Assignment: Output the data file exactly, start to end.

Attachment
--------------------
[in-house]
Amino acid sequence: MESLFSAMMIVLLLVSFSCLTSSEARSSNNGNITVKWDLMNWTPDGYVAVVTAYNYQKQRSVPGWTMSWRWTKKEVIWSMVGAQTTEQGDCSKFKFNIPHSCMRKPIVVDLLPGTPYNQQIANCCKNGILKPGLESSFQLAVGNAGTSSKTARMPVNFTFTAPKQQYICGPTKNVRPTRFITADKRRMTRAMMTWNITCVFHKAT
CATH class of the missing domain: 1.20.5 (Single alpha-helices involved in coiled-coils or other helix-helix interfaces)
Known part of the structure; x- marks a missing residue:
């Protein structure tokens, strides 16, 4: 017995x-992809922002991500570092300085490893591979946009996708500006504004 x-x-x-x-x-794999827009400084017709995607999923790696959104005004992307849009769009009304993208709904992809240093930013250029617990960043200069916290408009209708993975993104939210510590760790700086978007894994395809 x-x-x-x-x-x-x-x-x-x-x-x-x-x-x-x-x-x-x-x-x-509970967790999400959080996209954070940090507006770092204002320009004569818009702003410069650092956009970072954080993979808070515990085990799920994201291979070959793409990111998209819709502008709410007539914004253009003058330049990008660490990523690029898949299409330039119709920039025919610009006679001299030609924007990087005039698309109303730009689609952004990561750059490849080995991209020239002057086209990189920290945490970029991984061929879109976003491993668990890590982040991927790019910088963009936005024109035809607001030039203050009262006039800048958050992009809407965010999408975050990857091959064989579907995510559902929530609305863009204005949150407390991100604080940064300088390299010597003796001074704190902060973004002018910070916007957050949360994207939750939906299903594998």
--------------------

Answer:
[in-house]
Amino acid sequence: MESLFSAMMIVLLLVSFSCLTSSEARSSNNGNITVKWDLMNWTPDGYVAVVTAYNYQKQRSVPGWTMSWRWTKKEVIWSMVGAQTTEQGDCSKFKFNIPHSCMRKPIVVDLLPGTPYNQQIANCCKNGILKPGLESSFQLAVGNAGTSSKTARMPVNFTFTAPKQQYICGPTKNVRPTRFITADKRRMTRAMMTWNITCVFHKAT
CATH class of the missing domain: 1.20.5 (Single alpha-helices involved in coiled-coils or other helix-helix interfaces)
Known part of the structure; x- marks a missing residue:
């Protein structure tokens, strides 16, 4: 017995x-992809922002991500570092300085490893591979946009996708500006504004 x-x-x-x-x-794999827009400084017709995607999923790696959104005004992307849009769009009304993208709904992809240093930013250029617990960043200069916290408009209708993975993104939210510590760790700086978007894994395809 x-x-x-x-x-x-x-x-x-x-x-x-x-x-x-x-x-x-x-x-x-509970967790999400959080996209954070940090507006770092204002320009004569818009702003410069650092956009970072954080993979808070515990085990799920994201291979070959793409990111998209819709502008709410007539914004253009003058330049990008660490990523690029898949299409330039119709920039025919610009006679001299030609924007990087005039698309109303730009689609952004990561750059490849080995991209020239002057086209990189920290945490970029991984061929879109976003491993668990890590982040991927790019910088963009936005024109035809607001030039203050009262006039800048958050992009809407965010999408975050990857091959064989579907995510559902929530609305863009204005949150407390991100604080940064300088390299010597003796001074704190902060973004002018910070916007957050949360994207939750939906299903594998």